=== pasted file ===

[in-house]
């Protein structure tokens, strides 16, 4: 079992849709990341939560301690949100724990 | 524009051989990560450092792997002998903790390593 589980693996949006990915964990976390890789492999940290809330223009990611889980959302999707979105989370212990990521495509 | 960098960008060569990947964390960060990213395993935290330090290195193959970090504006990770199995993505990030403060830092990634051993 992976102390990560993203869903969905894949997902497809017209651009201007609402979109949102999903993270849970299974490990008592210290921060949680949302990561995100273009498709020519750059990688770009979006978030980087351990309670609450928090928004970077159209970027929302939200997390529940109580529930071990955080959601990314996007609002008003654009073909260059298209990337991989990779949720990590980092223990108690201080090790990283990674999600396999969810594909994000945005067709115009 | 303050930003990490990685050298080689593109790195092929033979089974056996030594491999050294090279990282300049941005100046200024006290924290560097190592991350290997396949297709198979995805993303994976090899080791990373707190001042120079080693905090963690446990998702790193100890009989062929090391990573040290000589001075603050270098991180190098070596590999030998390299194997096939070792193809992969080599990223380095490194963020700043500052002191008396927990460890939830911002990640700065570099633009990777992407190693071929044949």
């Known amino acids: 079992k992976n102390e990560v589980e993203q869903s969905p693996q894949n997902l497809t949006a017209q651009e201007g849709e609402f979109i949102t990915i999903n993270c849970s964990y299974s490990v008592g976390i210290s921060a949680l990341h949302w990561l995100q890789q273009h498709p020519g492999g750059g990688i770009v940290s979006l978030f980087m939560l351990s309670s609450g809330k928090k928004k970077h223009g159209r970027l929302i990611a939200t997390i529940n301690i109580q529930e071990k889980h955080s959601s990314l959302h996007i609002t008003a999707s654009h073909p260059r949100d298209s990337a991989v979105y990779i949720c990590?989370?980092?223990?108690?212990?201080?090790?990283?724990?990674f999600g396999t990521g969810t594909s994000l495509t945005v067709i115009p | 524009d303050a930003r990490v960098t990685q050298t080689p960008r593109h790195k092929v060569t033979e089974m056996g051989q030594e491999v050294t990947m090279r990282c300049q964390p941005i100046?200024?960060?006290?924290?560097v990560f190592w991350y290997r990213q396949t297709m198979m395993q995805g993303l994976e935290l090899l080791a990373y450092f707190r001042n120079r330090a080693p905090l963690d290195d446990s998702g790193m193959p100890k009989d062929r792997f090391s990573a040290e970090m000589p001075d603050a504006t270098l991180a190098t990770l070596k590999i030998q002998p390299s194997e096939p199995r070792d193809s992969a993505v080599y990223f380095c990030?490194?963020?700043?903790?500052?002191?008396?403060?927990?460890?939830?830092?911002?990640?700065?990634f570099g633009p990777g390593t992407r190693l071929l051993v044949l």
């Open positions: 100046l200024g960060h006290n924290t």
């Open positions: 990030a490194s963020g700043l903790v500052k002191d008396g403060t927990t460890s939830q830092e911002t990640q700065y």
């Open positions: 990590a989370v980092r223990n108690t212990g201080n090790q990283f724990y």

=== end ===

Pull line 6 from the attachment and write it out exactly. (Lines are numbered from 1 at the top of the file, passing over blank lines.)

């Open positions: 990590a989370v980092r223990n108690t212990g201080n090790q990283f724990y």